Notice that this instruction is irreversible; that is, suppose the output of the add operation is 10 The value of A and B can have n number of combinations like,A=5 B=5 or A=7 B=3 or A=12 B=-3 the possibilities are endless.
So we can make this reversible by adding a SUBTRACTOR whose main job is to store the difference of the two inputs.Now if we have an output for addition operation as 10 and the difference as 4 we can deduce that the inputs were 7 and 3 as 7+3=10 and 7–3=4.
In Quantum we use what is known as a CNOT gate which is a universal gate.(A universal gate is a gate which can implement any Boolean function without using any other gate type). CNOT works by using electron spins as qubits.
All these features make the quantum computer a very powerful system. This might make you wonder why your computer at home isn't a quantum based one, right ?
Why the power of quantum computation has not been explored yet :
The only reason the power of quantum computation has not yet been explored completely is because of the lack of the quantum hardware. There are two mains reasons for this:
1.Many algorithms can be designed that need quantum software in order to be implemented, but the accessibility of such software is very low
2. There are two flows in quantum computing: data flow and the control flow. We can develop an algorithm to give a well-versed environment for the data flow within the quantum computer, so data flow happens easily. The control flow however, which is basically the feedback mechanism, controls each operation and is very restricted because the level of technology available currently is not up to the mark.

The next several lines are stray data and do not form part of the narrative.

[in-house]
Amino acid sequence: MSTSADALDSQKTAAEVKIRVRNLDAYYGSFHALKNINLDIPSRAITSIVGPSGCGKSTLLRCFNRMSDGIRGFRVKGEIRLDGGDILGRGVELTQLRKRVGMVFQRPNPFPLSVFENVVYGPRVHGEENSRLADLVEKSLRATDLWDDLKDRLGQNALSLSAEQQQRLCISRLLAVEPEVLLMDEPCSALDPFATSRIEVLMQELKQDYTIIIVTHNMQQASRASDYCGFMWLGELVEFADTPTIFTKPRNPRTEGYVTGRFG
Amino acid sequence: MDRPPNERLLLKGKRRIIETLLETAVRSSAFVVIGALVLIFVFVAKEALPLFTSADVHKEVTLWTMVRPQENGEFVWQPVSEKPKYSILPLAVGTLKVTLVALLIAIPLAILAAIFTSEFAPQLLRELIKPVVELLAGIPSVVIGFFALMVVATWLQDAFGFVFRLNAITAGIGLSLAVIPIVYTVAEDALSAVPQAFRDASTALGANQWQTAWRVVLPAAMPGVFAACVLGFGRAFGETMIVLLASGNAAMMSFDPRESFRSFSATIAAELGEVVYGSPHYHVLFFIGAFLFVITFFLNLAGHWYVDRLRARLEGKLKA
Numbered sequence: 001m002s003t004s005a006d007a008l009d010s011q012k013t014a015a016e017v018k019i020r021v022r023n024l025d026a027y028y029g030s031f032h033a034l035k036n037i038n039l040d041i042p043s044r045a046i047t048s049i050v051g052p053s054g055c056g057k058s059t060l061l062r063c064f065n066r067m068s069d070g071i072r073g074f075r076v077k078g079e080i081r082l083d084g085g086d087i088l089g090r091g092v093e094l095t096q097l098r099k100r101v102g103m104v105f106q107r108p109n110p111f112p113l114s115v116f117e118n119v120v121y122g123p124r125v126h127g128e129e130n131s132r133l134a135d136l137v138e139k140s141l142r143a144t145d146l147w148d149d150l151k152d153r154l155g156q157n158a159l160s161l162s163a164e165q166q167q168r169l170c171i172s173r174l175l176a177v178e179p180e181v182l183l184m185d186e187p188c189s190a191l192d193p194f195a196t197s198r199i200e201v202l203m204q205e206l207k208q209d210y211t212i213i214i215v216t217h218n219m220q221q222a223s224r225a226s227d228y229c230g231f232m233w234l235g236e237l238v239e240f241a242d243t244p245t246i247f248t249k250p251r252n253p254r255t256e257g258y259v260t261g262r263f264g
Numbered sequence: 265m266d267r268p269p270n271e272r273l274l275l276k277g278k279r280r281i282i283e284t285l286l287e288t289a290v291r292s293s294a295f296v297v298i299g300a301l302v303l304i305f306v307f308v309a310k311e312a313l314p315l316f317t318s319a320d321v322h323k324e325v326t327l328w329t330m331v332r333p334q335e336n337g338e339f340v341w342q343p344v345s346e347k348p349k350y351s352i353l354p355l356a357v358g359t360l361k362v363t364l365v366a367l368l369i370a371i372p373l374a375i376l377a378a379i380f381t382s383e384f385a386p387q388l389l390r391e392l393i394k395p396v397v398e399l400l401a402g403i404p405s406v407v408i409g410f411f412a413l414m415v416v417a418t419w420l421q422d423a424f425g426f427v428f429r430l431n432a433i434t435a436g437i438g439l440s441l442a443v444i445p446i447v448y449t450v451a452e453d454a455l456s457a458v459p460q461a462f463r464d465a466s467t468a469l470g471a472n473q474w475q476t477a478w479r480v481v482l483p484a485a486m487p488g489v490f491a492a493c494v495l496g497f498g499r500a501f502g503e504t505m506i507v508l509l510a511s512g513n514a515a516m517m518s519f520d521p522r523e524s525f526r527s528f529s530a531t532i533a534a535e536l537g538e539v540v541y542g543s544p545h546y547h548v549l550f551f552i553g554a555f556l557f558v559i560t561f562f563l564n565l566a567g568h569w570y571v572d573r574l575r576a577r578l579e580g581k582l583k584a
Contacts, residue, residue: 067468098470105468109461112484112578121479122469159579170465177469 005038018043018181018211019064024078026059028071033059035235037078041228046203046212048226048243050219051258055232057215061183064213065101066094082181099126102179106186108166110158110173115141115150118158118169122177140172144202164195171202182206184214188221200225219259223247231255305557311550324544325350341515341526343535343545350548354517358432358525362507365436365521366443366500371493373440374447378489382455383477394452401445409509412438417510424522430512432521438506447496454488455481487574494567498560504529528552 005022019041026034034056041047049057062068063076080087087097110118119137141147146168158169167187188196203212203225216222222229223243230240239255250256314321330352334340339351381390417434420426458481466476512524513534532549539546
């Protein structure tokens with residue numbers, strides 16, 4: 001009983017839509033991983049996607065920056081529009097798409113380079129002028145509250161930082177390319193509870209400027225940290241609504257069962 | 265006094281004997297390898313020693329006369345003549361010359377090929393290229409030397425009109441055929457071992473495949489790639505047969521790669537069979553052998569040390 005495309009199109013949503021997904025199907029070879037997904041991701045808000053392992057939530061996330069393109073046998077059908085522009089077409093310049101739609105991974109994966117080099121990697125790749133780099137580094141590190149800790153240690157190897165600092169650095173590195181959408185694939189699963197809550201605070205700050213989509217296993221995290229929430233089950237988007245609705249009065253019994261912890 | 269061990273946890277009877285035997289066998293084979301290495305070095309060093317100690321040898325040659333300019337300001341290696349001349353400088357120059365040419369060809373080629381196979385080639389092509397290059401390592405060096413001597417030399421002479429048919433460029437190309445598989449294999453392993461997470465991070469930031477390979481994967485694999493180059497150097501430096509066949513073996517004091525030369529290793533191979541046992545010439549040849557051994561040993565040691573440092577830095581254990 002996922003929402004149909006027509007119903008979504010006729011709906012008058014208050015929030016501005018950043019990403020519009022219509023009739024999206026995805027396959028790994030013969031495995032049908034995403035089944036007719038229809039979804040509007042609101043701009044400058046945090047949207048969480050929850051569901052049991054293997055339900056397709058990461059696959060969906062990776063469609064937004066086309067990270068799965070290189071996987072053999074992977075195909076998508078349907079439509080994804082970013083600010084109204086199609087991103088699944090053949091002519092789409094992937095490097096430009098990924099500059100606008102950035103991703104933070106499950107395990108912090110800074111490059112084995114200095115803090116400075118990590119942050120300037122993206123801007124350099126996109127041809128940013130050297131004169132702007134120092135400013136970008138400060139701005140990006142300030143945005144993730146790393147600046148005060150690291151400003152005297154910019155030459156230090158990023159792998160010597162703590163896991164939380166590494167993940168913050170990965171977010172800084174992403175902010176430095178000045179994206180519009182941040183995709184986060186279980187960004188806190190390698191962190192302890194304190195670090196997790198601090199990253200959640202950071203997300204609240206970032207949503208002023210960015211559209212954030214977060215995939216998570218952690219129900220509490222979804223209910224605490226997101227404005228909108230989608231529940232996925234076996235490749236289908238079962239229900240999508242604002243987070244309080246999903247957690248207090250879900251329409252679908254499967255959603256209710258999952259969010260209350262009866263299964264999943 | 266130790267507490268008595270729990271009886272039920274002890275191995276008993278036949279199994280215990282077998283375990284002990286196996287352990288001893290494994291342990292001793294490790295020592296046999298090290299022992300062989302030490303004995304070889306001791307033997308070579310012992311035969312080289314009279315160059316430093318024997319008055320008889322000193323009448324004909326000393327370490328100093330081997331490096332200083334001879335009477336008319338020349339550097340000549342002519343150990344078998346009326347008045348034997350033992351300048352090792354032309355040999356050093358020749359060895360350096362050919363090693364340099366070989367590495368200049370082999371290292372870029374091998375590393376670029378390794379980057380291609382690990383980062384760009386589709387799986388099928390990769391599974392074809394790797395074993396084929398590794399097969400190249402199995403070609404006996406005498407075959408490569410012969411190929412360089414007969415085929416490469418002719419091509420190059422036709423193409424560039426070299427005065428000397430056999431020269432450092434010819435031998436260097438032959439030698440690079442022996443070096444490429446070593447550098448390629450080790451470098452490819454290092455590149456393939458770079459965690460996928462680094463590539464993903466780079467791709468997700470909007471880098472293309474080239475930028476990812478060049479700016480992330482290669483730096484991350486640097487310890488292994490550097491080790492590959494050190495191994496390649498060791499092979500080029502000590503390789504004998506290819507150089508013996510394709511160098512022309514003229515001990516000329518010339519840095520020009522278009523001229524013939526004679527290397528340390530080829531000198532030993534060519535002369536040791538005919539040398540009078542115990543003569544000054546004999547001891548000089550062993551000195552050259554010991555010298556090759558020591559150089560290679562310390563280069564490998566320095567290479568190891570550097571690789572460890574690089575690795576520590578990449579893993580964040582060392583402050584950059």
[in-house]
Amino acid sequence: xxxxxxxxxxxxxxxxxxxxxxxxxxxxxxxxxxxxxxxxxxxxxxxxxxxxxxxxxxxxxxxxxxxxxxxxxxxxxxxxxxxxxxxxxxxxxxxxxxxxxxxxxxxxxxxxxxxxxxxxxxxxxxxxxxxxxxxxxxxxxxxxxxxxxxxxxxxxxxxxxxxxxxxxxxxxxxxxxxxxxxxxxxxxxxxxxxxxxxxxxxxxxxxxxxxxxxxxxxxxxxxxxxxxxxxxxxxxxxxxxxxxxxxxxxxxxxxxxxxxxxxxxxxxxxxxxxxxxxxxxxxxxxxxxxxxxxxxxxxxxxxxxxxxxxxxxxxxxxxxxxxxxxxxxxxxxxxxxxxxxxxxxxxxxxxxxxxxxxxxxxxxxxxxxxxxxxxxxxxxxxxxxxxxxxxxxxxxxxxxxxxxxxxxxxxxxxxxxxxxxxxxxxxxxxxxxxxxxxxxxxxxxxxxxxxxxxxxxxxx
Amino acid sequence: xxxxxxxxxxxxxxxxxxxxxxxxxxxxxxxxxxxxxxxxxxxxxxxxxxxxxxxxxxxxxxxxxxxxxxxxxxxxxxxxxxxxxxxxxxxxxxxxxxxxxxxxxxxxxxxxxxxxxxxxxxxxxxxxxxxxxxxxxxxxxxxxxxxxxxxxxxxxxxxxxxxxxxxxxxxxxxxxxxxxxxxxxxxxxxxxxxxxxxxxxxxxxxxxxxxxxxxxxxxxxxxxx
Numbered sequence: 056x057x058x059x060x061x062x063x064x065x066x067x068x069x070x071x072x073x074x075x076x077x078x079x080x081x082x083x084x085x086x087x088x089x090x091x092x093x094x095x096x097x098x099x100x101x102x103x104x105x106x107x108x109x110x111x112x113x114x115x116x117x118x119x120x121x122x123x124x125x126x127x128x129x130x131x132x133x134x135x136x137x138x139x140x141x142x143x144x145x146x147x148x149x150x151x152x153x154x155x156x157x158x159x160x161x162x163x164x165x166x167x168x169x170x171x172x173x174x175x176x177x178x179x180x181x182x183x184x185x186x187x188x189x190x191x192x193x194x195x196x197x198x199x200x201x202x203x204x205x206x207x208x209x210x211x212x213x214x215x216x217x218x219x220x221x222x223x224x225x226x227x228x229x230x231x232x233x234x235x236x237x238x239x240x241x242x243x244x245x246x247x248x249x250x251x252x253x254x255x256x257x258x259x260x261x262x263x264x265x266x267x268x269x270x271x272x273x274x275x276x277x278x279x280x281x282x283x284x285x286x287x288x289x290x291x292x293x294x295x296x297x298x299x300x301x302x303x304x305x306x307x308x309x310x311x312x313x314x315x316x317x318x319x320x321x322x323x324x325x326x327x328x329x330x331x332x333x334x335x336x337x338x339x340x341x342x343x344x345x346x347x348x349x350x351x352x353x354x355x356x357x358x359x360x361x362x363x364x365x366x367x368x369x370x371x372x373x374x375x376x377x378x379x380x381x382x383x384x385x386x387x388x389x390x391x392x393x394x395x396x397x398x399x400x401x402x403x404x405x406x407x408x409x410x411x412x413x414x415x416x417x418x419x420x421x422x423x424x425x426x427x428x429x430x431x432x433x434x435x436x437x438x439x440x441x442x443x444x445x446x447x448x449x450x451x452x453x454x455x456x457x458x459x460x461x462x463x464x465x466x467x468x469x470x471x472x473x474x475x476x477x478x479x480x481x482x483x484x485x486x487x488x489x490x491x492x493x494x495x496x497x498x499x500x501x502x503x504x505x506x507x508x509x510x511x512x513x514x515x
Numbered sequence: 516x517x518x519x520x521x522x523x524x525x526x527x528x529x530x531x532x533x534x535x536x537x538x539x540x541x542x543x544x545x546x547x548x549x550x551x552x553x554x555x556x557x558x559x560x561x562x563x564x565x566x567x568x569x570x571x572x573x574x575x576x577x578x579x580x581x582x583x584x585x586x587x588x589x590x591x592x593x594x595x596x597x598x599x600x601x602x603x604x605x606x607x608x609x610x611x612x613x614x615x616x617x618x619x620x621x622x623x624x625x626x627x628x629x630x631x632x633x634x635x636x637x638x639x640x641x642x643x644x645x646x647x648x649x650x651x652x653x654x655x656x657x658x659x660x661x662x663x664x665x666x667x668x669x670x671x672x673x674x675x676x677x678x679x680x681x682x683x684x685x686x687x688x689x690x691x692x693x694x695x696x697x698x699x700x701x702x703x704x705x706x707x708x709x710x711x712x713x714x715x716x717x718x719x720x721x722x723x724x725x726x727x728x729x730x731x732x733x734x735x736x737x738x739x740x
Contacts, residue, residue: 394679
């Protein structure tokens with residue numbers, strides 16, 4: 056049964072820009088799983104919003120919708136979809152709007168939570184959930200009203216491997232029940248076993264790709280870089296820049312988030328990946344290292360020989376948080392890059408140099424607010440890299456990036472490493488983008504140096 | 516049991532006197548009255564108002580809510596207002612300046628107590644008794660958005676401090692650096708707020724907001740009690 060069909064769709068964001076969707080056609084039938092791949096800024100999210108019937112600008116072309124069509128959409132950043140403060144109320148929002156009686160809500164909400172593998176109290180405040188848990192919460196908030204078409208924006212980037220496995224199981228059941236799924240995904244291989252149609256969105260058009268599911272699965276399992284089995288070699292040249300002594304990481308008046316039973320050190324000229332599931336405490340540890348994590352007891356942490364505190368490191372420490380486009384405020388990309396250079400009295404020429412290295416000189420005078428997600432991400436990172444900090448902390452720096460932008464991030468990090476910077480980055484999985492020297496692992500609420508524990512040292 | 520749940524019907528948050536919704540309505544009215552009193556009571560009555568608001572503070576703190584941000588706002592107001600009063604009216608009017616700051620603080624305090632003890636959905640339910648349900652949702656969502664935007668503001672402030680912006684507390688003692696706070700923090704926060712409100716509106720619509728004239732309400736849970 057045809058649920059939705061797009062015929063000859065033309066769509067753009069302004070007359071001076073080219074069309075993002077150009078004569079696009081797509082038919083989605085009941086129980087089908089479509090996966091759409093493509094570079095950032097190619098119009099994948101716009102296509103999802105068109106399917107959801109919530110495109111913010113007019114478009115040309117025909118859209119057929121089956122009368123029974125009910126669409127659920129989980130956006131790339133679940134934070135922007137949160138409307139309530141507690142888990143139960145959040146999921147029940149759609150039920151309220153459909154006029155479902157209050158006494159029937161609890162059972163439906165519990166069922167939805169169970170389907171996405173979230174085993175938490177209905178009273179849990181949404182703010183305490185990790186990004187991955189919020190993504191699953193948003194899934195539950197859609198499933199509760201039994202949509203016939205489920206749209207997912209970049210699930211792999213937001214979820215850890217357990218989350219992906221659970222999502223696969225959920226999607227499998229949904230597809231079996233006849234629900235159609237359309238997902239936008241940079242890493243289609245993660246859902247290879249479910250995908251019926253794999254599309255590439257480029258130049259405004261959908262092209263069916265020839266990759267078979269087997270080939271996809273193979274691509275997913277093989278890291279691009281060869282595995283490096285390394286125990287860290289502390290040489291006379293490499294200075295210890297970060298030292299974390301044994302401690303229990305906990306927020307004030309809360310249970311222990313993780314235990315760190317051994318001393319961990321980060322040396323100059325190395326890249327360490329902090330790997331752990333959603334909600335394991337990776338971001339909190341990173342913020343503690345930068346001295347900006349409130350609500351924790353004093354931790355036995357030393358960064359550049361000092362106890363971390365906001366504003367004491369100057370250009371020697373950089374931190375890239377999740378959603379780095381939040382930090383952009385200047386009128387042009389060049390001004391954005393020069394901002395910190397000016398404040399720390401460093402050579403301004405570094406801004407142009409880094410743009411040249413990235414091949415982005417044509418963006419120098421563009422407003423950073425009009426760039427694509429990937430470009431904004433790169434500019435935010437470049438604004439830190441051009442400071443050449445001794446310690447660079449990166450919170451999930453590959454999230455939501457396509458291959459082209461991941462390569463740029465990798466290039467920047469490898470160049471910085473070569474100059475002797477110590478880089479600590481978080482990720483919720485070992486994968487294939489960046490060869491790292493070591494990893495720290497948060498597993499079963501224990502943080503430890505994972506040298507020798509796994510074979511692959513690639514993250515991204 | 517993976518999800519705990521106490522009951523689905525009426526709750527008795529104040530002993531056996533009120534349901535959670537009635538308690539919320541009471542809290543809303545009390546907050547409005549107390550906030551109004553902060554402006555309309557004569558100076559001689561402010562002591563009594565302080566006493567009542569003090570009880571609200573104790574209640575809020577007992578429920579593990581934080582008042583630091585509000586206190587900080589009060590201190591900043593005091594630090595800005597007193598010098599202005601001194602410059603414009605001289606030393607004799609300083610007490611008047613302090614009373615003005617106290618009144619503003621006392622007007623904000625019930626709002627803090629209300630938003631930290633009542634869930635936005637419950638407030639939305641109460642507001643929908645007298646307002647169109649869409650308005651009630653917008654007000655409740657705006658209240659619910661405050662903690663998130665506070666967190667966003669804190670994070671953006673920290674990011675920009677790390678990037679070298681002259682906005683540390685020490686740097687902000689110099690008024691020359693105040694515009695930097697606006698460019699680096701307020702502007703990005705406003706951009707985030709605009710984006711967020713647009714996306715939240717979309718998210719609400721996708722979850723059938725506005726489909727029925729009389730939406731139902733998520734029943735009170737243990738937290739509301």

To easily apply the designed algorithms, Hadamard initialization is done. This occurs when a hadamard gate is applied to all the qubits. This makes all the probabilities of the qubits have the same level of probability.
Quantum Microprocessor architecture:
In a classical pipeline, an instruction performs the machine operation which is decoded by the quantum instruction decoder. Then they are put in target registers, which are nothing but memory locations where you actually store the memory. The values stored are not physical or linear, they are the states of the qubits. The qubits in a particular order represent the memory.
There is also a micro code unit which has a control store. A quantum micro instruction buffer also exists, which combines the entire system. Different address logic also exists and then it’s basically like how we have the controls in the microprocessor.
Executable QASM are control instructions which aid in the data transfer. These might seem very familiar to the instruction which we have for the general microprocessor 8085 or the arm processor . Down below, we have an overview of eQASM instructions
The algorithm is written in a program and then it is compiled on a simulator. It basically converts your high level assembly language into something which our hardware system is able to understand.
This is a recap of what we saw in the previous session. If you’re someone interested in watching rather than reading, you can check out the full recording of our Hardware team’s presentation.
Quantum Hardware Team:
- Nilay Awasthi
- Parth Bir
- Kedhar Guhan
- Ananya Shivkumar
- Ananya Das